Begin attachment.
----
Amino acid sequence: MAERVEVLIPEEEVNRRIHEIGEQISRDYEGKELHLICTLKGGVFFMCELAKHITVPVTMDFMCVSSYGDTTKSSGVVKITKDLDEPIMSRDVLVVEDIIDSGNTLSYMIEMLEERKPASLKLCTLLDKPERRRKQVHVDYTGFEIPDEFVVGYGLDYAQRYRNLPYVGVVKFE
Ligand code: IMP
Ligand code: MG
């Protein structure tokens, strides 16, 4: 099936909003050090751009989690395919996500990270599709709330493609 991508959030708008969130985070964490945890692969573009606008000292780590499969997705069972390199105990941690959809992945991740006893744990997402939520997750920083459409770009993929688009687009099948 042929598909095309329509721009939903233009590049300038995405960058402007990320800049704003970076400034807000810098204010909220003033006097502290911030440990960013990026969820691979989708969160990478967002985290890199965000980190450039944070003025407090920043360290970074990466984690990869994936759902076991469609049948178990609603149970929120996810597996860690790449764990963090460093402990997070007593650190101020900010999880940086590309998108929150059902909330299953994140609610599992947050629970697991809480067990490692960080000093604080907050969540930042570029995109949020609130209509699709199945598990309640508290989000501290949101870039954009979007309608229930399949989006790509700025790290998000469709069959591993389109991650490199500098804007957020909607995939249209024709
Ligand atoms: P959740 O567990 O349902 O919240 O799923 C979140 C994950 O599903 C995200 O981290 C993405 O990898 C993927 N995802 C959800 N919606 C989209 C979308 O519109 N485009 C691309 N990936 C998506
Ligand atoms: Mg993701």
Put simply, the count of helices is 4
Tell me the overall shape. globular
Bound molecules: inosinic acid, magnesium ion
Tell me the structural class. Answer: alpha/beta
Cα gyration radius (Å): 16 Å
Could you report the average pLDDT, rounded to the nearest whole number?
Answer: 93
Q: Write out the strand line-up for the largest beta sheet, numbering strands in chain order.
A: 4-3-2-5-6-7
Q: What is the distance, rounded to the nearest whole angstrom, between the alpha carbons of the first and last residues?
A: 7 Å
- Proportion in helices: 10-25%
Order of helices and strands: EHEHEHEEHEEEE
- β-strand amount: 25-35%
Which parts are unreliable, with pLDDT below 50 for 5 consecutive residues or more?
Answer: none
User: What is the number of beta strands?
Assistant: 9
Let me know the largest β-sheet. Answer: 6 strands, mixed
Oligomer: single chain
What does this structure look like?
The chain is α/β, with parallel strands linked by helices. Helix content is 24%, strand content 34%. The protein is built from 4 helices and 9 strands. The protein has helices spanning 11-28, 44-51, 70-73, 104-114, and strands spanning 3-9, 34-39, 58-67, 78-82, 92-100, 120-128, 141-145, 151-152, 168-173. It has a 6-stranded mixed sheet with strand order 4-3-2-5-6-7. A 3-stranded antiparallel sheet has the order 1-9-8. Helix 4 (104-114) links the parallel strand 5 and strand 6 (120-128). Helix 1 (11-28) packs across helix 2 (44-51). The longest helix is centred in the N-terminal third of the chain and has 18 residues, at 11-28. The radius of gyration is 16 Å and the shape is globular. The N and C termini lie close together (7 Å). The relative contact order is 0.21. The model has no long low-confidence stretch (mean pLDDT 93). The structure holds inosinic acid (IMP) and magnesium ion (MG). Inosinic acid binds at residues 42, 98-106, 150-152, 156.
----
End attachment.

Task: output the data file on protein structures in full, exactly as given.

Amino acid sequence: MAERVEVLIPEEEVNRRIHEIGEQISRDYEGKELHLICTLKGGVFFMCELAKHITVPVTMDFMCVSSYGDTTKSSGVVKITKDLDEPIMSRDVLVVEDIIDSGNTLSYMIEMLEERKPASLKLCTLLDKPERRRKQVHVDYTGFEIPDEFVVGYGLDYAQRYRNLPYVGVVKFE
Ligand code: IMP
Ligand code: MG
């Protein structure tokens, strides 16, 4: 099936909003050090751009989690395919996500990270599709709330493609 991508959030708008969130985070964490945890692969573009606008000292780590499969997705069972390199105990941690959809992945991740006893744990997402939520997750920083459409770009993929688009687009099948 042929598909095309329509721009939903233009590049300038995405960058402007990320800049704003970076400034807000810098204010909220003033006097502290911030440990960013990026969820691979989708969160990478967002985290890199965000980190450039944070003025407090920043360290970074990466984690990869994936759902076991469609049948178990609603149970929120996810597996860690790449764990963090460093402990997070007593650190101020900010999880940086590309998108929150059902909330299953994140609610599992947050629970697991809480067990490692960080000093604080907050969540930042570029995109949020609130209509699709199945598990309640508290989000501290949101870039954009979007309608229930399949989006790509700025790290998000469709069959591993389109991650490199500098804007957020909607995939249209024709
Ligand atoms: P959740 O567990 O349902 O919240 O799923 C979140 C994950 O599903 C995200 O981290 C993405 O990898 C993927 N995802 C959800 N919606 C989209 C979308 O519109 N485009 C691309 N990936 C998506
Ligand atoms: Mg993701």
Put simply, the count of helices is 4
Tell me the overall shape. globular
Bound molecules: inosinic acid, magnesium ion
Tell me the structural class. Answer: alpha/beta
Cα gyration radius (Å): 16 Å
Could you report the average pLDDT, rounded to the nearest whole number?
Answer: 93
Q: Write out the strand line-up for the largest beta sheet, numbering strands in chain order.
A: 4-3-2-5-6-7
Q: What is the distance, rounded to the nearest whole angstrom, between the alpha carbons of the first and last residues?
A: 7 Å
- Proportion in helices: 10-25%
Order of helices and strands: EHEHEHEEHEEEE
- β-strand amount: 25-35%
Which parts are unreliable, with pLDDT below 50 for 5 consecutive residues or more?
Answer: none
User: What is the number of beta strands?
Assistant: 9
Let me know the largest β-sheet. Answer: 6 strands, mixed
Oligomer: single chain
What does this structure look like?
The chain is α/β, with parallel strands linked by helices. Helix content is 24%, strand content 34%. The protein is built from 4 helices and 9 strands. The protein has helices spanning 11-28, 44-51, 70-73, 104-114, and strands spanning 3-9, 34-39, 58-67, 78-82, 92-100, 120-128, 141-145, 151-152, 168-173. It has a 6-stranded mixed sheet with strand order 4-3-2-5-6-7. A 3-stranded antiparallel sheet has the order 1-9-8. Helix 4 (104-114) links the parallel strand 5 and strand 6 (120-128). Helix 1 (11-28) packs across helix 2 (44-51). The longest helix is centred in the N-terminal third of the chain and has 18 residues, at 11-28. The radius of gyration is 16 Å and the shape is globular. The N and C termini lie close together (7 Å). The relative contact order is 0.21. The model has no long low-confidence stretch (mean pLDDT 93). The structure holds inosinic acid (IMP) and magnesium ion (MG). Inosinic acid binds at residues 42, 98-106, 150-152, 156.